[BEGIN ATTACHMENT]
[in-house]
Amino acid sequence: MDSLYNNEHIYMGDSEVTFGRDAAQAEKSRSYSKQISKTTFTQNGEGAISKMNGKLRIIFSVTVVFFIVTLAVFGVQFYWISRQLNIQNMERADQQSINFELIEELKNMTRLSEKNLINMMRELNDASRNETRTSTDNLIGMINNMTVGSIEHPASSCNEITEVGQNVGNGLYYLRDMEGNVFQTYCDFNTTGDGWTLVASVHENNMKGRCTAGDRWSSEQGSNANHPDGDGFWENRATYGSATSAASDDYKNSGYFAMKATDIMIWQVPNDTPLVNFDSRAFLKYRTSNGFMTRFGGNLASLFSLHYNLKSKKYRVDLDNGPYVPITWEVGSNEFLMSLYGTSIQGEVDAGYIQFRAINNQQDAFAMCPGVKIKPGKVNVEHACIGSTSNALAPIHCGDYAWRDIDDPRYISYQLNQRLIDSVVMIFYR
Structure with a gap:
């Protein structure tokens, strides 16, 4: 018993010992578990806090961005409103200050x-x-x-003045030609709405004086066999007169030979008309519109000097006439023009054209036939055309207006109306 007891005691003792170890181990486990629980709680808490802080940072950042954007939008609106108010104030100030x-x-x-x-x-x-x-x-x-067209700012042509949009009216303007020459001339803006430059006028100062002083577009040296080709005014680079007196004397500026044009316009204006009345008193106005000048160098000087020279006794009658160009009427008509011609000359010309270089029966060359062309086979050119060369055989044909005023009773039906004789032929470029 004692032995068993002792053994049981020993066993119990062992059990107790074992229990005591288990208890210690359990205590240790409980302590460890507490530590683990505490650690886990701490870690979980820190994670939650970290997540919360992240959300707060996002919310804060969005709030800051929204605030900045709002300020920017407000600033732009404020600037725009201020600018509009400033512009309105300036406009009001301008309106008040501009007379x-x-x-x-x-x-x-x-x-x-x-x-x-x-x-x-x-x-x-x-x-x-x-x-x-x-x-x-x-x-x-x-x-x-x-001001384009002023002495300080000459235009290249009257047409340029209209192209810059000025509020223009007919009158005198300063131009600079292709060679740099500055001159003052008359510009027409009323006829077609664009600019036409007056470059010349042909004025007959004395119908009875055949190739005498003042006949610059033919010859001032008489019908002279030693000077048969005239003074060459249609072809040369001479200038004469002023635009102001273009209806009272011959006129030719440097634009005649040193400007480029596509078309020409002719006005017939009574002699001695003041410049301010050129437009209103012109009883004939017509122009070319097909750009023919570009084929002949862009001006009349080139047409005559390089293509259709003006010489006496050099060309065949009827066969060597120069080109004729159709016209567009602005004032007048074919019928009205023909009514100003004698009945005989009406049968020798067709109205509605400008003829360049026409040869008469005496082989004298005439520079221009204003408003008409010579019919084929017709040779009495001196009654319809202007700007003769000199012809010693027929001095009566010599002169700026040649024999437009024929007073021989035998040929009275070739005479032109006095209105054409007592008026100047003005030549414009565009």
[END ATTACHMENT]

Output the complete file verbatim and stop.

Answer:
[in-house]
Amino acid sequence: MDSLYNNEHIYMGDSEVTFGRDAAQAEKSRSYSKQISKTTFTQNGEGAISKMNGKLRIIFSVTVVFFIVTLAVFGVQFYWISRQLNIQNMERADQQSINFELIEELKNMTRLSEKNLINMMRELNDASRNETRTSTDNLIGMINNMTVGSIEHPASSCNEITEVGQNVGNGLYYLRDMEGNVFQTYCDFNTTGDGWTLVASVHENNMKGRCTAGDRWSSEQGSNANHPDGDGFWENRATYGSATSAASDDYKNSGYFAMKATDIMIWQVPNDTPLVNFDSRAFLKYRTSNGFMTRFGGNLASLFSLHYNLKSKKYRVDLDNGPYVPITWEVGSNEFLMSLYGTSIQGEVDAGYIQFRAINNQQDAFAMCPGVKIKPGKVNVEHACIGSTSNALAPIHCGDYAWRDIDDPRYISYQLNQRLIDSVVMIFYR
Structure with a gap:
């Protein structure tokens, strides 16, 4: 018993010992578990806090961005409103200050x-x-x-003045030609709405004086066999007169030979008309519109000097006439023009054209036939055309207006109306 007891005691003792170890181990486990629980709680808490802080940072950042954007939008609106108010104030100030x-x-x-x-x-x-x-x-x-067209700012042509949009009216303007020459001339803006430059006028100062002083577009040296080709005014680079007196004397500026044009316009204006009345008193106005000048160098000087020279006794009658160009009427008509011609000359010309270089029966060359062309086979050119060369055989044909005023009773039906004789032929470029 004692032995068993002792053994049981020993066993119990062992059990107790074992229990005591288990208890210690359990205590240790409980302590460890507490530590683990505490650690886990701490870690979980820190994670939650970290997540919360992240959300707060996002919310804060969005709030800051929204605030900045709002300020920017407000600033732009404020600037725009201020600018509009400033512009309105300036406009009001301008309106008040501009007379x-x-x-x-x-x-x-x-x-x-x-x-x-x-x-x-x-x-x-x-x-x-x-x-x-x-x-x-x-x-x-x-x-x-x-001001384009002023002495300080000459235009290249009257047409340029209209192209810059000025509020223009007919009158005198300063131009600079292709060679740099500055001159003052008359510009027409009323006829077609664009600019036409007056470059010349042909004025007959004395119908009875055949190739005498003042006949610059033919010859001032008489019908002279030693000077048969005239003074060459249609072809040369001479200038004469002023635009102001273009209806009272011959006129030719440097634009005649040193400007480029596509078309020409002719006005017939009574002699001695003041410049301010050129437009209103012109009883004939017509122009070319097909750009023919570009084929002949862009001006009349080139047409005559390089293509259709003006010489006496050099060309065949009827066969060597120069080109004729159709016209567009602005004032007048074919019928009205023909009514100003004698009945005989009406049968020798067709109205509605400008003829360049026409040869008469005496082989004298005439520079221009204003408003008409010579019919084929017709040779009495001196009654319809202007700007003769000199012809010693027929001095009566010599002169700026040649024999437009024929007073021989035998040929009275070739005479032109006095209105054409007592008026100047003005030549414009565009």